Over 100 new sharks and rays classified

Sep 18, 2008
The Maugean Skate Zearaja maugeana, a new species from Bathurst and Macquarie Harbours in Tasmania. Currently listed as Endangered by the IUCN Red List of Threatened Animals. Image: CSIRO

(PhysOrg.com) -- Australian scientists have completed an ambitious 18-month project to name and describe more than 100 new species of sharks and rays.

Conducted by scientists working under the auspices of CSIRO’s Wealth From Oceans National Research Flagship, the project named a third of Australia’s – and about a tenth of the world’s – shark and ray species.

Team leader, CSIRO’s Dr Peter Last, says analysis of DNA sequences was used to clarify the identity of closely related species.

“Additional taxonomic information like this is critical to managing sharks and rays, which reproduce relatively slowly and are extremely vulnerable to over-fishing and other human impacts,” he says. “Their populations are also sensitive to small-scale events and can be an indicator of environmental change.”

CSIRO’s Dr William White says sharks and rays also play a vital ecosystem role as apex predators. “Take them away and what does it mean for the rest of the ecosystem?” Dr White says. “We can’t understand possible implications unless we know what species we’re dealing with.”

The new species include:

-- The endemic, Northern Freshwater Whipray and the Northern River Shark, which grow to over two metres in length, and are among the largest freshwater animals in Australia. Until recently these were confused with similar marine species.
-- The Endangered Maugean Skate which has an extremely narrow distribution. It is closely related Gondwanan ancestor which lived off southern Australia some 80 million years ago, and the present day species clings to life at the south-western tip of Tasmania.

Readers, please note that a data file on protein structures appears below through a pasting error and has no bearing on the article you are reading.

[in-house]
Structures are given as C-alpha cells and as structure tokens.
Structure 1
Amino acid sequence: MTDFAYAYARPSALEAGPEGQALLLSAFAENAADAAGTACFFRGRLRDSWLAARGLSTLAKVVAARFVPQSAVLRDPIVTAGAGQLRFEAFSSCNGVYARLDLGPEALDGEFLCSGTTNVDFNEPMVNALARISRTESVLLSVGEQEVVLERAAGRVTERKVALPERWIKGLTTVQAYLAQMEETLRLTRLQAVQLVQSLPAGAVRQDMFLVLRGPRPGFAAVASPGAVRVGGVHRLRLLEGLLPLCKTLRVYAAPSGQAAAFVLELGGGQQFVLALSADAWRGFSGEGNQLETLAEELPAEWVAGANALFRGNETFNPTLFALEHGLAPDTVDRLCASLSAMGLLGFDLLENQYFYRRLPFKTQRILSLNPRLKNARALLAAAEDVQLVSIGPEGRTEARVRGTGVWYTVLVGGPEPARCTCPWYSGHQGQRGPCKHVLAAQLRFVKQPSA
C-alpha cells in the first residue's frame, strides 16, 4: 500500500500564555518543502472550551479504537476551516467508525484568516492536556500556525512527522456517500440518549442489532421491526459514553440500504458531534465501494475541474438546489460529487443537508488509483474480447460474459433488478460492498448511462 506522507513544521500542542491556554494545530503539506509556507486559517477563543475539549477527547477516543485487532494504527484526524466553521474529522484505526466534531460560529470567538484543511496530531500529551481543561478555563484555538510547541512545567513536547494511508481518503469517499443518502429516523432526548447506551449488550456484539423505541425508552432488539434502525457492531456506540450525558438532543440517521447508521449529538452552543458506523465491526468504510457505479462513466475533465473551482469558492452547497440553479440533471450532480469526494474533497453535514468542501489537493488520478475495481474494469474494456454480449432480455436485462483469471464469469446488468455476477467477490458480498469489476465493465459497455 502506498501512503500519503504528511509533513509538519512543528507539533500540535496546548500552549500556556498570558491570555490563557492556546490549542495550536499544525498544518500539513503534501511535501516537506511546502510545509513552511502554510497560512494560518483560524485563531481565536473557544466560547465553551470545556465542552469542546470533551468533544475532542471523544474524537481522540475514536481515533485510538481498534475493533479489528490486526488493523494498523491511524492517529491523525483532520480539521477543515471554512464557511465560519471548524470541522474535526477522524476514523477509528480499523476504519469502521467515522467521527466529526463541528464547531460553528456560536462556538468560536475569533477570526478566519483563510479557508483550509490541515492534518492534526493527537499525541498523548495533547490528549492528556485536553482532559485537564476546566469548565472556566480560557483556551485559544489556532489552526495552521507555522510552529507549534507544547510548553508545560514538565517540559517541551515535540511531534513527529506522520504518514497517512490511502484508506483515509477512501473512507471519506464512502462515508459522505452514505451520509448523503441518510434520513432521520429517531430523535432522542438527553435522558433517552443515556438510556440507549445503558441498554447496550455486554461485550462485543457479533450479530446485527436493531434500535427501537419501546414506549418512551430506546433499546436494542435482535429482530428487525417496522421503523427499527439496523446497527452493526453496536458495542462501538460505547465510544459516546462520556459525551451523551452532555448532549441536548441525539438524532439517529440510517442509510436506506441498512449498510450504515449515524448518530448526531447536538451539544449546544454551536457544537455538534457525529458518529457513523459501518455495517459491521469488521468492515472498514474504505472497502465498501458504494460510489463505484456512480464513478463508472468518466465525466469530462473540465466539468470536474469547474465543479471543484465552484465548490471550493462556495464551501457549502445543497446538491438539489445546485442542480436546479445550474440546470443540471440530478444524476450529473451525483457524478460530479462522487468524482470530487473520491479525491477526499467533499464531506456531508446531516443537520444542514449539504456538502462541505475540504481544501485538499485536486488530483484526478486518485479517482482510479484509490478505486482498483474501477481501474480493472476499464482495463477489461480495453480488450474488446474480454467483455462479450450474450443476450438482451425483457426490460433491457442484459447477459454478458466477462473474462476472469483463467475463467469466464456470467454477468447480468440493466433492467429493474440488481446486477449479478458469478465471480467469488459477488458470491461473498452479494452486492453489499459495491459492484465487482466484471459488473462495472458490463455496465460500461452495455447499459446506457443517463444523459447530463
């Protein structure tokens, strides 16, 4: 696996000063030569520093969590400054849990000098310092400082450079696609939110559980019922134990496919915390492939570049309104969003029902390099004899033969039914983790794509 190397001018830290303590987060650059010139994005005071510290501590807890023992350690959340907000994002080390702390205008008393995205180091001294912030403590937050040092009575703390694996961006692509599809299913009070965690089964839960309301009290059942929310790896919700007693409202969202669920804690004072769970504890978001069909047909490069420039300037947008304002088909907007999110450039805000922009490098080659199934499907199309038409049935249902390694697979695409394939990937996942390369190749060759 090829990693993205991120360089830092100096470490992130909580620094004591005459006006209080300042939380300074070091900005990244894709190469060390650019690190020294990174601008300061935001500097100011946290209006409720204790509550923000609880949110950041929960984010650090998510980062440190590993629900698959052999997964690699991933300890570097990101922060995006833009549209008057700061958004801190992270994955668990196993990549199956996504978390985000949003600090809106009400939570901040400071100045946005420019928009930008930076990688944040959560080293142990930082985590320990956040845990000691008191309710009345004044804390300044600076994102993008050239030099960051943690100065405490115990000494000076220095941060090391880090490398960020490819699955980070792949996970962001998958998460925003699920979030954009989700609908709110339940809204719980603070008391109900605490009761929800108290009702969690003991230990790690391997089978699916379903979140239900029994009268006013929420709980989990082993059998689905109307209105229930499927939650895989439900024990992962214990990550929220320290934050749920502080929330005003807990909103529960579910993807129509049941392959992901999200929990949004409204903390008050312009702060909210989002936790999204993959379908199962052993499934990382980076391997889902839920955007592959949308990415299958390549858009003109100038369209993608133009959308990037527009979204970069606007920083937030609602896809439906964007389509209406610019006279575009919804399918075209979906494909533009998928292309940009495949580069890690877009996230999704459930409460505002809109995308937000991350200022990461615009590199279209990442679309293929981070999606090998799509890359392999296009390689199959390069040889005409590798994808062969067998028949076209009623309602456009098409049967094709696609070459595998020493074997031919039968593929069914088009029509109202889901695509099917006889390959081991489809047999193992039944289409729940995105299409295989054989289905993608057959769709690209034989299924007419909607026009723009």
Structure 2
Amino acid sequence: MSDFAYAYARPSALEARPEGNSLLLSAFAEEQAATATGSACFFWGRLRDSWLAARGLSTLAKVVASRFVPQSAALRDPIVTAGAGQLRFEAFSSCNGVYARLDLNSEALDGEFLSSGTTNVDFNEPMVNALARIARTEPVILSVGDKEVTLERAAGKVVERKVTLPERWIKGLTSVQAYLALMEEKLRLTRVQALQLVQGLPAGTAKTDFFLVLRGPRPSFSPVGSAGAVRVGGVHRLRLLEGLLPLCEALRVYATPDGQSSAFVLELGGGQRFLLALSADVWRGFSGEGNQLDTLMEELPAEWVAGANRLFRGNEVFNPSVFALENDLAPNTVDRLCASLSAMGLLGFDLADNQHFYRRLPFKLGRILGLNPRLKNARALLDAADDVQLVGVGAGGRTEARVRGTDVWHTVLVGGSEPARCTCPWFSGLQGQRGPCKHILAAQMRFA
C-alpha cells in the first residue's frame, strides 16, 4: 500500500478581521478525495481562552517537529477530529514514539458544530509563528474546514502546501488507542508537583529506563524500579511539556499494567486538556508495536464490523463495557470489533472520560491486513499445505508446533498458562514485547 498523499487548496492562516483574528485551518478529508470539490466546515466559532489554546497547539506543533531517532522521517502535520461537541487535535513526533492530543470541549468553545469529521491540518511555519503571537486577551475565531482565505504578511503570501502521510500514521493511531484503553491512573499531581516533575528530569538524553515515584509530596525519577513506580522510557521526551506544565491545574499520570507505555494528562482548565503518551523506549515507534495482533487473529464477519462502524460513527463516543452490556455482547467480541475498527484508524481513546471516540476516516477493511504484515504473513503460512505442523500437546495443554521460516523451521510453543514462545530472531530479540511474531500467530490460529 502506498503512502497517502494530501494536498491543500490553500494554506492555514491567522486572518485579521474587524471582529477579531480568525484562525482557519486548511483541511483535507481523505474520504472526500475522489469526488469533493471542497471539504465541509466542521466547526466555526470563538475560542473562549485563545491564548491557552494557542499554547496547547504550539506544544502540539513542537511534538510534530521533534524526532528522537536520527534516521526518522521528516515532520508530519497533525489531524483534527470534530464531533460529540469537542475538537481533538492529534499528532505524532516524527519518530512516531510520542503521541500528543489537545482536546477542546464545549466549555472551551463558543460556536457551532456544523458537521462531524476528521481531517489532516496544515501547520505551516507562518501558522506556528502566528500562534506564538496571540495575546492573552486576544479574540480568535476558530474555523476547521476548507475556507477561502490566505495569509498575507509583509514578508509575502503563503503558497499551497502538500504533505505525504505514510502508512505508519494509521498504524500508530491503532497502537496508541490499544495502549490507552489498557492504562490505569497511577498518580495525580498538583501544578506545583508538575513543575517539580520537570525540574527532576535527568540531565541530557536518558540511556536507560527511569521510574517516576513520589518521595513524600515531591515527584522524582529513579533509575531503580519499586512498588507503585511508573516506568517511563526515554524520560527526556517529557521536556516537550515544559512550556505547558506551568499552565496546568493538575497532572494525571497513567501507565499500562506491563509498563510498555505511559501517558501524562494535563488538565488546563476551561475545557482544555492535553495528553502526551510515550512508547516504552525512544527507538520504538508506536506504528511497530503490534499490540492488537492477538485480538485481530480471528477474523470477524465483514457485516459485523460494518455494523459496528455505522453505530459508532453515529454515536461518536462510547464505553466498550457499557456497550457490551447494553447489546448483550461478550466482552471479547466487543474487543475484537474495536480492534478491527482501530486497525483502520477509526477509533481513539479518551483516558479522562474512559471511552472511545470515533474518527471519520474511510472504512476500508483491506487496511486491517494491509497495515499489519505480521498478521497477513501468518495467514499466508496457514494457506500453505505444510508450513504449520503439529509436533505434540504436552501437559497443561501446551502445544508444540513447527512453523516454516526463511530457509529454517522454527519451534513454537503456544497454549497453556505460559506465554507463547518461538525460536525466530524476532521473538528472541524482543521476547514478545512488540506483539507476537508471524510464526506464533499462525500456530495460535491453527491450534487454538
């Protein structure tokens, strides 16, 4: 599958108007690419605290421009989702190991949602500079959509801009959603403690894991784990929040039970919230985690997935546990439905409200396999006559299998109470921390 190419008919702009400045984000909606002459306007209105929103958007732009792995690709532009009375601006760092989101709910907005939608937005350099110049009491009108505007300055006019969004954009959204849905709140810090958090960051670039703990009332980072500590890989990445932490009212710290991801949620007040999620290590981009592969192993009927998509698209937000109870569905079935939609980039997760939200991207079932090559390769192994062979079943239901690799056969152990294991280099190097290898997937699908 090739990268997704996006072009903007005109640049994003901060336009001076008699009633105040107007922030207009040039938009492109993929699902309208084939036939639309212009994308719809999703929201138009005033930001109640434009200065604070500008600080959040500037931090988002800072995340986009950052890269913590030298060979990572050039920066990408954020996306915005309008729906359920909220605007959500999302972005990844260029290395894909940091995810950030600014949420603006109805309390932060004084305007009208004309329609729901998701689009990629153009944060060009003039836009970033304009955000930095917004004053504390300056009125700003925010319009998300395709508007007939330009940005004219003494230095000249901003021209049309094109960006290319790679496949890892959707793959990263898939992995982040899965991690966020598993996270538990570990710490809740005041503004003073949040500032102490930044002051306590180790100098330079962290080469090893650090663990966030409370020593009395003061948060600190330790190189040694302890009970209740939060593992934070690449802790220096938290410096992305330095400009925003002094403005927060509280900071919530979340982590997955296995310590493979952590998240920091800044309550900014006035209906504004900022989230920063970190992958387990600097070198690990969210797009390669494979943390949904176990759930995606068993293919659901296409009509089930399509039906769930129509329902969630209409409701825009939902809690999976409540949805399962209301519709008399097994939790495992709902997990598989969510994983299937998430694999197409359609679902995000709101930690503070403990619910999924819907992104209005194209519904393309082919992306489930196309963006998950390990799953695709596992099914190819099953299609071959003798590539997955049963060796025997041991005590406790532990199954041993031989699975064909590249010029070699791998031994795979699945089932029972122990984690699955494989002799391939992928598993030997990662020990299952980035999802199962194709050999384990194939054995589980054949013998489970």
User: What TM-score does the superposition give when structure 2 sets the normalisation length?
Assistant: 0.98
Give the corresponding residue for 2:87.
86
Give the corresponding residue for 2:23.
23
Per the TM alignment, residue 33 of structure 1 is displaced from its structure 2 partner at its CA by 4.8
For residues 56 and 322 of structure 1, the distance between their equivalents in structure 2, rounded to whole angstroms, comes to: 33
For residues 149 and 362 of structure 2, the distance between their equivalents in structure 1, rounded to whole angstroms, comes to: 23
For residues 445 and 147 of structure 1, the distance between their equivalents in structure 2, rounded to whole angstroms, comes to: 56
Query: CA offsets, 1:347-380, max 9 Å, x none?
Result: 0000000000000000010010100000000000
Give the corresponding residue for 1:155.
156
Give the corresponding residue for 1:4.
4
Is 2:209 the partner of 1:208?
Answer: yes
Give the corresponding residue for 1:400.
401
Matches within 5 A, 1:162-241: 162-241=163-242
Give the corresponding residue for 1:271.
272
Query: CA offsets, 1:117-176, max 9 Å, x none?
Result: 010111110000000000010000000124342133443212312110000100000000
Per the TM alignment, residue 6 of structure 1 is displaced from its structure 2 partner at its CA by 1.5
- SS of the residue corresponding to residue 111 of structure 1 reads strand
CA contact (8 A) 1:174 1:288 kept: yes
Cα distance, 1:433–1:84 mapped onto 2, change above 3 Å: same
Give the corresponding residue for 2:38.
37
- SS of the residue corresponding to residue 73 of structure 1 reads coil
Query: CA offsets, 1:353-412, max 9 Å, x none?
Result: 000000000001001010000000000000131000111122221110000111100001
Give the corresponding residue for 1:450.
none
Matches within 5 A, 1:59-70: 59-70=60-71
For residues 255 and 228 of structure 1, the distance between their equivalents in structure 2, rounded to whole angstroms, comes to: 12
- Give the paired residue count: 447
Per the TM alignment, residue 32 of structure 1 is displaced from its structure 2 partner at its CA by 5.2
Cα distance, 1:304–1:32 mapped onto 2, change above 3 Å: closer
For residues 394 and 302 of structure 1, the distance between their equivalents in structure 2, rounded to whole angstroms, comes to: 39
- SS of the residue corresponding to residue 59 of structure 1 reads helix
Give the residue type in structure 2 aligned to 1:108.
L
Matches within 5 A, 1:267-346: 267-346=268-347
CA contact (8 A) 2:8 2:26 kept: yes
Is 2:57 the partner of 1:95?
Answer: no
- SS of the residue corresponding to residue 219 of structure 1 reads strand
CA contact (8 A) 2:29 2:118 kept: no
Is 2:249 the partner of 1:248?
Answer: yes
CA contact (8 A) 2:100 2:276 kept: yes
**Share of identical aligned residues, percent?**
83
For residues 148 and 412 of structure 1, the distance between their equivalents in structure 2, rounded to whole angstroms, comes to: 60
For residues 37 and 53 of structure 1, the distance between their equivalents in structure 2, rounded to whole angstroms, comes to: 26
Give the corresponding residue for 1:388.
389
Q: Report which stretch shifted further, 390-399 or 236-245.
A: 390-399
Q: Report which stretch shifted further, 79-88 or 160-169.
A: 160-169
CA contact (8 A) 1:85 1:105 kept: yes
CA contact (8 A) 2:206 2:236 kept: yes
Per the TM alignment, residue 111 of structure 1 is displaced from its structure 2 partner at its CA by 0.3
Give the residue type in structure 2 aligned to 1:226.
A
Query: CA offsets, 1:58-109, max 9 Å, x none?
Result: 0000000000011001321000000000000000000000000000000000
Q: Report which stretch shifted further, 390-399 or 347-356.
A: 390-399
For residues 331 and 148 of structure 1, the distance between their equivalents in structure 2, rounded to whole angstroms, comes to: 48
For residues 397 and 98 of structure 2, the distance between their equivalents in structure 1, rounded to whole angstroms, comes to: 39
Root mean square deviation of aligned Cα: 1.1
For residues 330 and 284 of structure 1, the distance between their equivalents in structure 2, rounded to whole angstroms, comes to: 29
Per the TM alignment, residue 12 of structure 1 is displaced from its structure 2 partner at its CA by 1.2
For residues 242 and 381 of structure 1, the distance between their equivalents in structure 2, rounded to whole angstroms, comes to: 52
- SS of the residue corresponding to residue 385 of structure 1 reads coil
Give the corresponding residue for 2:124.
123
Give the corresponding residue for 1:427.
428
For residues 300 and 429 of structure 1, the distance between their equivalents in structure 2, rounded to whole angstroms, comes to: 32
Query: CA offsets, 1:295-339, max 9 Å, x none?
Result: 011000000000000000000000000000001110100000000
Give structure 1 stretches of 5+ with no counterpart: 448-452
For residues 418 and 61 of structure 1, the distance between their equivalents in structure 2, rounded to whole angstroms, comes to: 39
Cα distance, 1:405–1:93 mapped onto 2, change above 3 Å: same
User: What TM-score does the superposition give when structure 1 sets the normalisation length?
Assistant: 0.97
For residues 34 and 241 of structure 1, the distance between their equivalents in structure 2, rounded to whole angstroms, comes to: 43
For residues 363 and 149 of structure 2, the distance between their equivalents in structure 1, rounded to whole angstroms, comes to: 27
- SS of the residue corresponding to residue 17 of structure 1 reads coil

-- A Critically Endangered gulper shark, the Southern Dogfish, which is endemic to the continental slope off southern Australia. It has suffered severe population declines in the past few decades.

More than 90 of the new species were identified but undescribed in the 1994 book; Sharks and Rays of Australia, by Dr Last and CSIRO’s Dr John Stevens. The new names and descriptions will feature in a revised edition of the book in 2009. Specimens of many of the new species are in the Australian National Fish Collection at CSIRO Hobart – the largest collection of preserved sharks and rays in the Southern Hemisphere.

A workshop focusing on the project’s findings will be held at Sydney’s Australian Museum on 22 September during the 2nd Annual Meeting of the Oceania Chondrichthyan Society. Involving some of the world’s leading experts in the field, the WWF-Australia-sponsored workshop also will assess priority areas of future research and management of sharks in Australian waters.

Provided by CSIRO

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